People have come up with something better, only to be belittled, persecuted, or even executed, with a continuing deliberation of keeping those ideas down, hidden, or ridiculed through whatever means necessary; mainly propaganda. That's why a large number of people believe that communism is a pipe dream, or massively evil because "herp derp Soviet Union, guys", and repeating of buzz words and phrases until they are drilled so deep within their minds that they actually start to believe it en masse. The same type of people also believe that anarchism is all against all, living permanently in fear that everything you have will be taken from you by force because "herp derp you can't have order without government". Both communists and anarchists have been fucked with since the 1800s, with the original persecutions being initiated by people in power at the time, people who had everything to lose and who were afraid of the growing sentiment to those ideologies. And so, for some 150 odd years, the general public has been getting pounded constantly with propaganda, with the current state of affairs being what it is because of said propaganda. And it's not just anarchism and communism that have been shit on, there's a lot more out there that has suffered the same fate.

    So don't tell me that people haven't come up with better ideas. Convincing the people, aye that's the hard part now...

    Have you read any Plato? He's not in favour of a democracy, as outlined in The Republic. Jefferson said "A democracy is nothing more than mob rule, where fifty-one percent of the people may take away the rights of the other forty-nine." Aristotle also said things in opposition of the idea of democracy. From what I understood in Hobbes, he thought that democracy wouldn't work as intended because people are motivated by self interest. I don't think that name dropping these people will help your argument, if that was your intention, but they are, nevertheless, interesting reads nonetheless.
     
  16. Ryan-ZenGtr-

    Ryan-ZenGtr- SS.org Regular

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    Interesting discussion.

    Look up

    Anarcho syndicalism - You'll find lot's of strange people.

    Greek origins of democracy
    History Blog » Sumerian Democracy

    As above, with reference to Sumer, Phoenicia and Rome
    JSTOR: Historia: Zeitschrift für Alte Geschichte, Bd. 1, H. 4 (1950), pp. 515-548

    Pythagorian origins of Communism (his communities were exterminated each time :( )
    http://onlineessays.com/essays/politics/his173.php

    Military history of Canada during WWII
    https://en.wikipedia.org/wiki/Military_history_of_Canada_during_World_War_II

    Have fun.
     
  17. The Reverend

    The Reverend GHETTO KING OF SWAG

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    I'm not sure what relevance living outside a first-world country has to this discussion. I've talked to people like my father, who's from the Congo/Zaire/DRC, and Russians who've emigrated, and they all like democracy well enough, while always talking about how fucked up it is in practice.
     
  18. ArkaneDemon

    ArkaneDemon SS.org Regular

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    He's probably trying to say that "people from the first world see things through a certain lens, which is different than people from the third world". I hope he's not trying to imply that people from the first world shouldn't have a say in things, as I have heard many people say over the years, because it's downright silly. Those who believe the previous idea generally say that "well you're born in a good country and you have many opportunities, therefore you should keep your mouth shut and your head down and take it as it comes because there's people in other countries who don't have the same opportunities as you". It just stifles discussion and the promotion of new ideas. I hope that's not what Explorer was implying.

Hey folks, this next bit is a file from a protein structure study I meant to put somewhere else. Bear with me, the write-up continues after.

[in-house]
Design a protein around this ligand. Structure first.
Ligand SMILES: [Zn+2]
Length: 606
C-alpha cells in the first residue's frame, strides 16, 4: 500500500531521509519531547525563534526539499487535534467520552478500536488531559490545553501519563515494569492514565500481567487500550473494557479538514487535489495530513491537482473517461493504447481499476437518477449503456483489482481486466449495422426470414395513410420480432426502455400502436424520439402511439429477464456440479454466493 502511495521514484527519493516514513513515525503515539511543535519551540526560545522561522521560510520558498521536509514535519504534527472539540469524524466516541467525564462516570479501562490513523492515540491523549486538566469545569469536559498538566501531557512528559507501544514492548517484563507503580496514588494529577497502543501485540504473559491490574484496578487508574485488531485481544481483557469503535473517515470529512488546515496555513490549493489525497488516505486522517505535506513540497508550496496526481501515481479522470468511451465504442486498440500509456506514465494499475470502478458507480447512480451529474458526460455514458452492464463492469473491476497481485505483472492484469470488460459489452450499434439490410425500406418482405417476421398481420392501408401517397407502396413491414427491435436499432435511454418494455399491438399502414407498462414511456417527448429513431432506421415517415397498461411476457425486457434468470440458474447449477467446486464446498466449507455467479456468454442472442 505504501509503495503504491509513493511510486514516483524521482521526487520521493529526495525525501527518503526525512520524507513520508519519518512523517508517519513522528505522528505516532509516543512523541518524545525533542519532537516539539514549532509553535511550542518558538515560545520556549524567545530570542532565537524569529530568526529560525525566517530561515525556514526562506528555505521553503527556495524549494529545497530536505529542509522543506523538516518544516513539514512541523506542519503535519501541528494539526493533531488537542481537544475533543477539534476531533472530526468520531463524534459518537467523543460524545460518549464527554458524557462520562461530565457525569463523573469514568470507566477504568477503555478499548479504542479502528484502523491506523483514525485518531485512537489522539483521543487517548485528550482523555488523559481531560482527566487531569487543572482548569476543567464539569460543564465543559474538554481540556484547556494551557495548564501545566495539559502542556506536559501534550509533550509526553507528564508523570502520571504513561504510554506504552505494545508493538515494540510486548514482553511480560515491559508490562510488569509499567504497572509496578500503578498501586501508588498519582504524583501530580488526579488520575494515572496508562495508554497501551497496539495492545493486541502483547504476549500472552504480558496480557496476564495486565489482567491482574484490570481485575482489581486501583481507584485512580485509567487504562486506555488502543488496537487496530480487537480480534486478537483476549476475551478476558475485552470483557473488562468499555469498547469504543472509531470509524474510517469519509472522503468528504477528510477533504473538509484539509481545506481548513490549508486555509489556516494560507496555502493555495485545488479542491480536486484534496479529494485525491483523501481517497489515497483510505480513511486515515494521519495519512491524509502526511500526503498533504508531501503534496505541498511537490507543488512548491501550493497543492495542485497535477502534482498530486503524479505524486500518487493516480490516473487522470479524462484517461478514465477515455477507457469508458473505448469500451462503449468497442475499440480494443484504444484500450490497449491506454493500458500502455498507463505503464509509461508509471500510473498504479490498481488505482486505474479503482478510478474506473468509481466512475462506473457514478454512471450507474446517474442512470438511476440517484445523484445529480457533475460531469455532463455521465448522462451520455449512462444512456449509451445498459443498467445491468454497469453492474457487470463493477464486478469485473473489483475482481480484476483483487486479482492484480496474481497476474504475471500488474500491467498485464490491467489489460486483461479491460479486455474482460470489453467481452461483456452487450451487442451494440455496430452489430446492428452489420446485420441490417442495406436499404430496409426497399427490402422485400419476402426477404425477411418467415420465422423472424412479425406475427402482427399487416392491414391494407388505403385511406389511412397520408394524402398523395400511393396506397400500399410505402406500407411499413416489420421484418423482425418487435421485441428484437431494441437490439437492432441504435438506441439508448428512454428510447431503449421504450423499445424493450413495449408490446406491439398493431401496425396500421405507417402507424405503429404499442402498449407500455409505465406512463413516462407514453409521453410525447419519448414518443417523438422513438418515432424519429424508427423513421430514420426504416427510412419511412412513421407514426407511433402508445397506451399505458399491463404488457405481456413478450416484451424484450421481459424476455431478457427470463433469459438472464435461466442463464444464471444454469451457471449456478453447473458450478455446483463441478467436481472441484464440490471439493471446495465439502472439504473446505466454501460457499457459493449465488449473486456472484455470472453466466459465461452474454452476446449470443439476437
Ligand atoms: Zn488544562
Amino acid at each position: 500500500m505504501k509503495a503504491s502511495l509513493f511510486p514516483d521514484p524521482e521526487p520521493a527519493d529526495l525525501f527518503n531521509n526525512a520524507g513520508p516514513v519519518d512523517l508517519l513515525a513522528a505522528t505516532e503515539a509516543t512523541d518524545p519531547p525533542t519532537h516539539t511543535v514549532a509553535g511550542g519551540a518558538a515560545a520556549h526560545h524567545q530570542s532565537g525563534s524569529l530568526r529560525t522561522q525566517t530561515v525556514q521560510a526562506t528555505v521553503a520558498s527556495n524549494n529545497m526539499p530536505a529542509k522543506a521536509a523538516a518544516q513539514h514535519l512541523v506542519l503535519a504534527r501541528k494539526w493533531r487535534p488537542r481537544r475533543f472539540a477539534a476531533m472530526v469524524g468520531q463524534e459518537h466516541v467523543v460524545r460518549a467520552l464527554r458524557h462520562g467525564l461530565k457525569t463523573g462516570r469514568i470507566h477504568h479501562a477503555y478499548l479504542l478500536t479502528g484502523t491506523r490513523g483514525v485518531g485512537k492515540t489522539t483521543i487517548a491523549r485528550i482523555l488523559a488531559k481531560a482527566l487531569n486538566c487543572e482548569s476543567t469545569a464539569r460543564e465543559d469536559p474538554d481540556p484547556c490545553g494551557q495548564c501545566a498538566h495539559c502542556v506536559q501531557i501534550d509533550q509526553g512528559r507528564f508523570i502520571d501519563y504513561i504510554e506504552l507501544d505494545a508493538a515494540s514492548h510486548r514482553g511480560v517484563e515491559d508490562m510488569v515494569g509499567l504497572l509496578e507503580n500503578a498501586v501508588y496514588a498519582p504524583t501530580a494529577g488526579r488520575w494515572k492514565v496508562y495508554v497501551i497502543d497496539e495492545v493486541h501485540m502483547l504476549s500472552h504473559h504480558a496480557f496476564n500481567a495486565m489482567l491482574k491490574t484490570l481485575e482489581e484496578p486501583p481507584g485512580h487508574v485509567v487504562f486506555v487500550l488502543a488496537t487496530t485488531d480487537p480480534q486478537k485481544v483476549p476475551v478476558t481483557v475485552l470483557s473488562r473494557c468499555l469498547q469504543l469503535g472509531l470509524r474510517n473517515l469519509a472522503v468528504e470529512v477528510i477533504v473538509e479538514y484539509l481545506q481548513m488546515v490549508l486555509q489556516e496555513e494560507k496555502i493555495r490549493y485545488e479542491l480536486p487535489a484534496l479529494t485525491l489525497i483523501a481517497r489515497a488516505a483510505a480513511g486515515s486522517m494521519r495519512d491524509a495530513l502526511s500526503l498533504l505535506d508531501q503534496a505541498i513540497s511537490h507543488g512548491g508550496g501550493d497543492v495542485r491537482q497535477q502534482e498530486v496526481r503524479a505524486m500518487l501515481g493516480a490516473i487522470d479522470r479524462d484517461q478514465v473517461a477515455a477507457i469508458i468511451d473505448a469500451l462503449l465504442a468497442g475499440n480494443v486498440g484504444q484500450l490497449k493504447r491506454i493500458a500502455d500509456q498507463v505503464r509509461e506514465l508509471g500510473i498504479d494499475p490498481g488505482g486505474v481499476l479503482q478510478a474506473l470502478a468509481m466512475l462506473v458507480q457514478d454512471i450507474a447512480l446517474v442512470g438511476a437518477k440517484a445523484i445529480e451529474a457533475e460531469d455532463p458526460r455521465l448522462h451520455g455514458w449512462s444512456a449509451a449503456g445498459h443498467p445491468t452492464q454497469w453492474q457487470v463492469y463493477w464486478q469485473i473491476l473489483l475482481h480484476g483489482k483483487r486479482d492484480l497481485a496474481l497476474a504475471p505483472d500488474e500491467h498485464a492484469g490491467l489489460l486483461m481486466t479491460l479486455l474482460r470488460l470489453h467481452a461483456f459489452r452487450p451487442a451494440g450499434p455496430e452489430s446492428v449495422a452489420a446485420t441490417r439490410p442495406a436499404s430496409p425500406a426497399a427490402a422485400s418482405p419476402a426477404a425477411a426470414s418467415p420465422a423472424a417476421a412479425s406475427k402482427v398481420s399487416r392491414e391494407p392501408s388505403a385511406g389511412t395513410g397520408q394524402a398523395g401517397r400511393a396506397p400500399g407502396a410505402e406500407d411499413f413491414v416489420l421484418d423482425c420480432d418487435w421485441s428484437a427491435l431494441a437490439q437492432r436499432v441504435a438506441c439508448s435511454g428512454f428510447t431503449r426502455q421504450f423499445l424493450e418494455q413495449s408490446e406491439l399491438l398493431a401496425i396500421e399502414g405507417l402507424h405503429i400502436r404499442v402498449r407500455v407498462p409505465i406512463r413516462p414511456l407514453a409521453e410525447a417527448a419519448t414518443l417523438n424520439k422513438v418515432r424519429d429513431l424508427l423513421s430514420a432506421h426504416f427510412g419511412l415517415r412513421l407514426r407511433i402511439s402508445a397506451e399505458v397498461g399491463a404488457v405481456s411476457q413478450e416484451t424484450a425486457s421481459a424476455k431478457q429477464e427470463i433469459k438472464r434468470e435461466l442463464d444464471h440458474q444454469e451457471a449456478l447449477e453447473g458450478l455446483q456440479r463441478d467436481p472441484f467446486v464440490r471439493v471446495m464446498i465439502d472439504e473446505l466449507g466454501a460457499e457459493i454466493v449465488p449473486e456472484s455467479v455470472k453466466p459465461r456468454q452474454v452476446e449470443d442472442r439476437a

19. Painhawg

    Painhawg Well-Known Member

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    While mass media is an issue, it's not only Fox News. It's all mass media. The left feeds the left, and the right feeds the right. Conservatives agree with Fox because they are preaching to the choir, just as CNN does for Liberals. I see little journalistic integrity in any news outlet.

    Which brings me to my point.

    The problem with any Government is people. Whether it's a pure Democracy, an idealistic Republic or perfect Communism. Someone will screw it up, and get other people to help screw it up. DC is not about the money, it's about prestige and power. Money helps with both, but it's not the reason they are there. For corp owners and the rest of us, it's greed and lust for wealth. Not just the wealth, but the comfort and perceived status that wealth gives.

    Democracy is about self interest. Folks vote the candidate who represents that interest. It matters little if that interest is detrimental to others. I want a bigger cave; it doesn't matter to me that some other cave has to be dug into to make mine larger.

    Socialism, Marxism, Communism, all the isms, profess to be about equality and the oppressed, but again it's self interest. Only the inequal or the downtrodden care. If my cave were the largest, why would I want to give any of it up? Sure the neighboring cavedweller would love it, after all he has the same size cave and now feels equal. For the moment.

    The US is indeed jacked. No two ways about it. People want theirs, and are willing to go a long way to attain it, no matter how others feel about it. Can the citizens do anything? Most likely no. The deck has been stacked against us, and we let it happen. We voted crooked pols in, let someone tell us that our moral compass belongs to a higher authority, and that everything should be fair and no-one has to lose. We have been told that anyone can rise to be anything, and that if we can't then someone else is to blame. We have taken our pride, honor and responsibility and handed it over to lawmakers. We have allowed ourselves to become apathetic, myopic and lazy.

    People are the problem
     
  20. troyguitar

    troyguitar SS.org Regular

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    Most people are idiots, why would letting the majority run a country be a good idea? Democracy is stupid.